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Posts Tagged ‘communication’

Fix It Or Forget It?

Wednesday, July 25th, 2012

Work can be tough when everything depends on how the boss communicates.  Is it simply a matter of adapting, or constantly bending over backward for someone who’s never going to be satisfied?  See what Esther* and Fern* did.

When Esther* came to me, she was worried.  As an older employee, she felt that starting a job search at her age would be a never-ending task, since she expected to face a great deal of age discrimination.

On the other hand, she told me that she already was, in her opinion.  Since her new manager came on board last year – a much younger manager – it seemed that he wasn’t really interested in hearing any of her ideas when he asked the team for their input.

The new manager made a point over the past year to emphasize that he wanted “everybody’s” ideas, Esther told me; however, although she contributed nearly every time by emailing him a suggestion or two – well before the stated dealine – he very rarely brought her ideas up for discussion during the bi-monthly staff meetings.  In fact, there had been occasions when similar ideas to hers were discussed . . . and other staff members were credited.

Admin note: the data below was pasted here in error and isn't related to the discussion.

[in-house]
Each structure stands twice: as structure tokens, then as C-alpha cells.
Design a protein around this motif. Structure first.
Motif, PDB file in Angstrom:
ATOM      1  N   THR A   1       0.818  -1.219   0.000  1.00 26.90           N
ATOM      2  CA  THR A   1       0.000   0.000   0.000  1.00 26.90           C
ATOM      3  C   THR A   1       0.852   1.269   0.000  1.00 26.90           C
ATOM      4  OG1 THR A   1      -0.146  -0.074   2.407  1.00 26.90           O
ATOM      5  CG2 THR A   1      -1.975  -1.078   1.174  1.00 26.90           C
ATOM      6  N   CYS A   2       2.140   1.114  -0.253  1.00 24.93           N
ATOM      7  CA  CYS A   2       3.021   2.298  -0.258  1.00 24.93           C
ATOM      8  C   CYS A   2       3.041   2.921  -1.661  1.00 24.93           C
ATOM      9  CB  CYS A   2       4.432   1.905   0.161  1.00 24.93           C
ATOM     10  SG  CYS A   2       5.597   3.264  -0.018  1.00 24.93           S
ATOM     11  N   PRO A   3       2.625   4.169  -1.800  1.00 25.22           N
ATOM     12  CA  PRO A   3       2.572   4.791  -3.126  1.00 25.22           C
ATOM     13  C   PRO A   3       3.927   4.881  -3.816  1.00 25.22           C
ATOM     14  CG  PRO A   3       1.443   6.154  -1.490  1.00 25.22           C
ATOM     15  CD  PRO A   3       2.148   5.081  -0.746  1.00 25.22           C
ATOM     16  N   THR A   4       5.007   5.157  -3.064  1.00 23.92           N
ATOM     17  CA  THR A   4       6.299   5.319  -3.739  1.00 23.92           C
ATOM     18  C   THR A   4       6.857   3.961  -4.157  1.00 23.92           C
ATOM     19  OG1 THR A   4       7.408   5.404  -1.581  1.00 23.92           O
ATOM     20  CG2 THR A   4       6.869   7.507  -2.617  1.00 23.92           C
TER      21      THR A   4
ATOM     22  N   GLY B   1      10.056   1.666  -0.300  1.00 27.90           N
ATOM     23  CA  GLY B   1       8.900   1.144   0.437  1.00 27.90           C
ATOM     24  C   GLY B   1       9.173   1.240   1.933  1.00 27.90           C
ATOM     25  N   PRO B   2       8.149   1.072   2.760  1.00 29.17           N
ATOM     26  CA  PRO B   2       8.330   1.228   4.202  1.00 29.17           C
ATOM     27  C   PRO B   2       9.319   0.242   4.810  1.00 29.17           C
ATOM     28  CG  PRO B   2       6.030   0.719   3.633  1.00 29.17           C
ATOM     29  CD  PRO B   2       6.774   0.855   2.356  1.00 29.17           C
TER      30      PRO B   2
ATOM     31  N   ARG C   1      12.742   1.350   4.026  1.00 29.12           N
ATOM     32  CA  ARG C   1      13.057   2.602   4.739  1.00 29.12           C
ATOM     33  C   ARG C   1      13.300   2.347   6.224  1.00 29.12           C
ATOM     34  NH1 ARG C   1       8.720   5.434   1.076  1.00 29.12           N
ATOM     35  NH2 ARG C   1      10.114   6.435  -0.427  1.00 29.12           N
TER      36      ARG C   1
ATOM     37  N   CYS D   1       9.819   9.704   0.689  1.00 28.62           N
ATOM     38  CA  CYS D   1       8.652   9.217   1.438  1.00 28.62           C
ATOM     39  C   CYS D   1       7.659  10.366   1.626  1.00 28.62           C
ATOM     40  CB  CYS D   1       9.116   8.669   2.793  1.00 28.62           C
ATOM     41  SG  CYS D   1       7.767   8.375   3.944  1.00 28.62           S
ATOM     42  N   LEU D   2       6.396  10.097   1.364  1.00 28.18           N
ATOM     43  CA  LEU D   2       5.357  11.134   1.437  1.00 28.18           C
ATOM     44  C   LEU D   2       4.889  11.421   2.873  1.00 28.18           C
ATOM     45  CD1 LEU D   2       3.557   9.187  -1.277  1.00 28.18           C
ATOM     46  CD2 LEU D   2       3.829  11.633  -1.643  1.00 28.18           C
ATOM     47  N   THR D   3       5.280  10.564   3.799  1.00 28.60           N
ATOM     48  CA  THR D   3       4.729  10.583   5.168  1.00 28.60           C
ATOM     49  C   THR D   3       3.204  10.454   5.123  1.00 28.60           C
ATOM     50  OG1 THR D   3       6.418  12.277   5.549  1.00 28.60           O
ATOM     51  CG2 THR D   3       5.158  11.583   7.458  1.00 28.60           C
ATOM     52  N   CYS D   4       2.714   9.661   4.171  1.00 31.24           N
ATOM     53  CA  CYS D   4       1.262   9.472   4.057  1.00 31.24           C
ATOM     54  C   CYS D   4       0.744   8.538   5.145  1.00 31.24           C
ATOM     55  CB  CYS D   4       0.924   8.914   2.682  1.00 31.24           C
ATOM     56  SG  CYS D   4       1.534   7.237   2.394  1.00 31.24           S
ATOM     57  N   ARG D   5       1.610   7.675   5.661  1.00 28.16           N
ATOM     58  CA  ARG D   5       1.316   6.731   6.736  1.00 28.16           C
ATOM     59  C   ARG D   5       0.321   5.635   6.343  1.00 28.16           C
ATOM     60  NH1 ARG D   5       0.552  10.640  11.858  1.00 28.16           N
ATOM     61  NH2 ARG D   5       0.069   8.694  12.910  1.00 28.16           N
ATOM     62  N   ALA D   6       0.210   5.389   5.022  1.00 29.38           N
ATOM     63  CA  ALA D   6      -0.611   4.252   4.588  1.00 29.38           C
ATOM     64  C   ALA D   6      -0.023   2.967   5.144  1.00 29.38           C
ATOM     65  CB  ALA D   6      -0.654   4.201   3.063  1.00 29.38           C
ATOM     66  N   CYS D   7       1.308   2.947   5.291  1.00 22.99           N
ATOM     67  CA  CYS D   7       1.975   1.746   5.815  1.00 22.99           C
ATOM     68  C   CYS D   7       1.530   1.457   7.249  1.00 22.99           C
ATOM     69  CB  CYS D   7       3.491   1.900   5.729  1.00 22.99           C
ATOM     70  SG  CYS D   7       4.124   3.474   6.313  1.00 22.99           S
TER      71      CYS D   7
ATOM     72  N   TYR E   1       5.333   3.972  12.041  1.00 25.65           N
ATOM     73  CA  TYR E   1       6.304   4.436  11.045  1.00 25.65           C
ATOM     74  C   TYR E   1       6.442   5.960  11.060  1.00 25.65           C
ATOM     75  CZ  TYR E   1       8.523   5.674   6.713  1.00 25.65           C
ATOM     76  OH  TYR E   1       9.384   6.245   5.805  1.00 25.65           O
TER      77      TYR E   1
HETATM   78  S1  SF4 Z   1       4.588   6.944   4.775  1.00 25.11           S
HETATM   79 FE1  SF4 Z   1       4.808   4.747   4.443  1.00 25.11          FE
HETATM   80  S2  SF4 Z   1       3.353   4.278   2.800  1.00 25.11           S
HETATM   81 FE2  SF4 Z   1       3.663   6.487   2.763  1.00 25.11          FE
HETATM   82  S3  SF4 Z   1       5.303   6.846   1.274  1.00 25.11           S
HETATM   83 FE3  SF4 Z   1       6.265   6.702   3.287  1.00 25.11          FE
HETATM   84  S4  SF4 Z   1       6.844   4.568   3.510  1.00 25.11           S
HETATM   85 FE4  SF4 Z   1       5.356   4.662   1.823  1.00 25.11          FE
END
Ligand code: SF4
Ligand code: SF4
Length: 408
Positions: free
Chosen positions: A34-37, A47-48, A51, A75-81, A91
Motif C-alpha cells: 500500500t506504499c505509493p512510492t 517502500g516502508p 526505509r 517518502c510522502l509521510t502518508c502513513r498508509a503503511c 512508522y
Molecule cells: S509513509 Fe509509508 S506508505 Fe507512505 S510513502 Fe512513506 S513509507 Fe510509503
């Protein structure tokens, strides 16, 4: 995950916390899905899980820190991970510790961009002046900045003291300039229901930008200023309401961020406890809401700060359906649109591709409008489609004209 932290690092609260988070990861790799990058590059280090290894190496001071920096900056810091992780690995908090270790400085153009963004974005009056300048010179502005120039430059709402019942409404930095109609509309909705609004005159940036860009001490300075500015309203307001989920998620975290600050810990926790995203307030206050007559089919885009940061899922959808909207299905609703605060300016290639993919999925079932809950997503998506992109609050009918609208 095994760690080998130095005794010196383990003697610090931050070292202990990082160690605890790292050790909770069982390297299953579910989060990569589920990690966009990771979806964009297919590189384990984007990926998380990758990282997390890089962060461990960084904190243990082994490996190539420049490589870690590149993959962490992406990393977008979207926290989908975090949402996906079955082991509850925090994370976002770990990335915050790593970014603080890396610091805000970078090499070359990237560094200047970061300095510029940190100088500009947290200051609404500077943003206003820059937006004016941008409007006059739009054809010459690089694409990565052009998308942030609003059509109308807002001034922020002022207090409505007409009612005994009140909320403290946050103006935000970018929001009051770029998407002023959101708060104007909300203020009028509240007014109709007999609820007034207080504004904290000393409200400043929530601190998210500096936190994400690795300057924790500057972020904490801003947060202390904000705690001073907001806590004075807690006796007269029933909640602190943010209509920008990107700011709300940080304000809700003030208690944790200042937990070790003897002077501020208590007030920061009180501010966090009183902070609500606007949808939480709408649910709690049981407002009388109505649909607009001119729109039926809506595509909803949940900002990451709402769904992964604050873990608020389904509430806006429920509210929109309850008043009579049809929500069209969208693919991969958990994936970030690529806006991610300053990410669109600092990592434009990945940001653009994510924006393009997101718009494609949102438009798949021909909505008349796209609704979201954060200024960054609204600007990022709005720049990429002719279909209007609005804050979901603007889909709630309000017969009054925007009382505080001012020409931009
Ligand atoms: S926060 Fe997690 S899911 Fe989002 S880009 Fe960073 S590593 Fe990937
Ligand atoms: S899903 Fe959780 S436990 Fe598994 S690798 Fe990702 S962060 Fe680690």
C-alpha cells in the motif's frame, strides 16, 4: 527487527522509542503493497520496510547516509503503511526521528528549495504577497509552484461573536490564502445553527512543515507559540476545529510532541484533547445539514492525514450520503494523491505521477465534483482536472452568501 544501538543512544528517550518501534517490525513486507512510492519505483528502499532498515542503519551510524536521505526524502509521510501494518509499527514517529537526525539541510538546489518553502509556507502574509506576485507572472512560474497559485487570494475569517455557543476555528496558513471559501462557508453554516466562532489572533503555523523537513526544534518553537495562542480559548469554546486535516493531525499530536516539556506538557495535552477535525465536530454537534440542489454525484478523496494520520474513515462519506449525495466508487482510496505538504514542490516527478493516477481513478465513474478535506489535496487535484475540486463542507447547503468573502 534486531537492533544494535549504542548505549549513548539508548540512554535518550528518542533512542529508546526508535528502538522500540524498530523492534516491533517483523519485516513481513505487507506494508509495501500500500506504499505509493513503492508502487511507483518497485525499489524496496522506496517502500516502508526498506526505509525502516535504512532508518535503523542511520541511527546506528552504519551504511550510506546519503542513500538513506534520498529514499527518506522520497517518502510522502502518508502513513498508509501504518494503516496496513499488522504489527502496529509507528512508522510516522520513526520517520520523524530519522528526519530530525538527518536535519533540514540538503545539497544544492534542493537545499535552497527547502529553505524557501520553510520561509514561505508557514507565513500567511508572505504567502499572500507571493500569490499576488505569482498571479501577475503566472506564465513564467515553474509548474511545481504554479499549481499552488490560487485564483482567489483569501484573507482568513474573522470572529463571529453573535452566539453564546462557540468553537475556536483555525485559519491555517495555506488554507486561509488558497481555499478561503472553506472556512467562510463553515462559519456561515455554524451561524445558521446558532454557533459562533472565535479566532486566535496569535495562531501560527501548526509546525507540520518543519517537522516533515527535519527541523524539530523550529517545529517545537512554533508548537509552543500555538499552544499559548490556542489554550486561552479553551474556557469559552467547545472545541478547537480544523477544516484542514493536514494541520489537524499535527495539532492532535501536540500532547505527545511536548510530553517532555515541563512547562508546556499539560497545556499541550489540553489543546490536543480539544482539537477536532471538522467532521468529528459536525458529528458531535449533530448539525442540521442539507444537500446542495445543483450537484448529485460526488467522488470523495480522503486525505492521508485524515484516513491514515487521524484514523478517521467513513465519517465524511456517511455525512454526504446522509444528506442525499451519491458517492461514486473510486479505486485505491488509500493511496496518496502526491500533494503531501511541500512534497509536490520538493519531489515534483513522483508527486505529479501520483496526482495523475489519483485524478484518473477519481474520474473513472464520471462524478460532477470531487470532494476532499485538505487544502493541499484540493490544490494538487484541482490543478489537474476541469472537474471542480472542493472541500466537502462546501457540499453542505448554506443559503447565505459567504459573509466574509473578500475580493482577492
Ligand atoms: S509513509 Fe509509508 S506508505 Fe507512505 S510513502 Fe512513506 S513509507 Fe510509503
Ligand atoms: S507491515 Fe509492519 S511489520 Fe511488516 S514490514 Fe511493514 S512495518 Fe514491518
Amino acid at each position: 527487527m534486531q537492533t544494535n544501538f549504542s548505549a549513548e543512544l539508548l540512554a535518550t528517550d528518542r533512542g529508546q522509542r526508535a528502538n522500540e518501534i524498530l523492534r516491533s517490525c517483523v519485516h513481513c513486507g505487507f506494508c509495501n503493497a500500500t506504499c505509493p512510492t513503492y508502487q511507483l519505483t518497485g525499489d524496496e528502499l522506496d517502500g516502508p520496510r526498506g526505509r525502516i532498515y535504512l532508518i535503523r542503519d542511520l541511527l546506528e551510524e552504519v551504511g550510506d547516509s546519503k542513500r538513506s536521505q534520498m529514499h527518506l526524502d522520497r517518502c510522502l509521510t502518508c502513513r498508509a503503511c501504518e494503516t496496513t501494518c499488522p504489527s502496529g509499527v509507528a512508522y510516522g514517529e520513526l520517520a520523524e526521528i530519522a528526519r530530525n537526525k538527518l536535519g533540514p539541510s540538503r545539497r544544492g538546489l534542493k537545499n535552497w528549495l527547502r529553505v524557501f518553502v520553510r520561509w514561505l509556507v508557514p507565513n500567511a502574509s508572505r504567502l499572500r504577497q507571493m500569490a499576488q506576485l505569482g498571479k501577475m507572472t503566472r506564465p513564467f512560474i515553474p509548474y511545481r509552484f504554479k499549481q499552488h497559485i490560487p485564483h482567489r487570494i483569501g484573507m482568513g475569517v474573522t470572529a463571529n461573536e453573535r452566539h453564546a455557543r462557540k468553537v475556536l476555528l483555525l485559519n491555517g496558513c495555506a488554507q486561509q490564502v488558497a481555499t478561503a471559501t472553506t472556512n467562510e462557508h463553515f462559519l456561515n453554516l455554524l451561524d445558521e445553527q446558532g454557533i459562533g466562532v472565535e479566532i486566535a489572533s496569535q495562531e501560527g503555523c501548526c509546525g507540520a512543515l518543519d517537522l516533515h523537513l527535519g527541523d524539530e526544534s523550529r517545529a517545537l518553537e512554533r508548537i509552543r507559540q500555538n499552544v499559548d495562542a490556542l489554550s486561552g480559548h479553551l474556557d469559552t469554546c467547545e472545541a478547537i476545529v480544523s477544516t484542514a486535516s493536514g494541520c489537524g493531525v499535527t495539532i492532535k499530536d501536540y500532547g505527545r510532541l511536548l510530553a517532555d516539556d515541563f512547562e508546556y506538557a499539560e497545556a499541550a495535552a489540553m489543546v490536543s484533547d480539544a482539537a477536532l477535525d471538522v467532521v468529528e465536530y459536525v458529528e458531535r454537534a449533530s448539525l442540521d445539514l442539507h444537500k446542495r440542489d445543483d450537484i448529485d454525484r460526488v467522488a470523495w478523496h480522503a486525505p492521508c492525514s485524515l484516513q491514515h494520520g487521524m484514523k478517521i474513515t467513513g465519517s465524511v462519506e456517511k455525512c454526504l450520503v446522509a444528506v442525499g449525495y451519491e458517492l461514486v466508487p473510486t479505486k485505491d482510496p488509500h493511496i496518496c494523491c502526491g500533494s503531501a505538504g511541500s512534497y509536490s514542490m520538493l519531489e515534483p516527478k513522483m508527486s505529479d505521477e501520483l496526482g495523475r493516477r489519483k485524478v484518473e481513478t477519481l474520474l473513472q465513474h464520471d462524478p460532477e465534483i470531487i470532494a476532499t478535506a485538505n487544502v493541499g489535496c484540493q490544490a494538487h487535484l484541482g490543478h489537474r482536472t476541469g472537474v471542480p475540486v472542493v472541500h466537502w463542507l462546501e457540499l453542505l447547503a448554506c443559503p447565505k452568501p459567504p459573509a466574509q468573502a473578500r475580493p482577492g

I examined Ester’s process of submitting her ideas more closely – particularly when the similar ideas made it to the meeting, asking her, “How did other staff members submit their ideas to the manager?”

Esther discovered that most of the (younger) members actually sent him text messages, rather than emails, much to her surprise.  She also reviewed her emails on the topics and found a couple of responses from the manager, asking her to send him a consolidated version prior to the meeting.

“I thought that I had,” Esther recounted, “But I’m pretty sure that was the month that he presented (and credited) someone else’s similar idea.”

I told Esther that I believed she could Fix It! by learning how to communicate with her Gen X boss in his preferred medium: texting.  Something that would help her become more comfortable and skilled in this area would be to open a Twitter account and learn how to tweet.

Not only does Twitter teach users how to succinctly make a statement, but the 140 character limit forces writers to make every word count.  Clearly, this type of writing is important to Esther’s boss, who just wants the bare minimum when collecting ideas for staff meetings.

Esther applied this new tactic, and within a few meetings, not only did she get her ideas on the agenda, but was complimented on her improved writing skills.  She is very pleased to know that she can continue being appreciated for her talents in her current job, rather than begin interviewing.

Fern* had seen firsthand how difficult the economy was for people.  For the past couple of years, her cousins had been out of work – searching, to no avail – and living with her.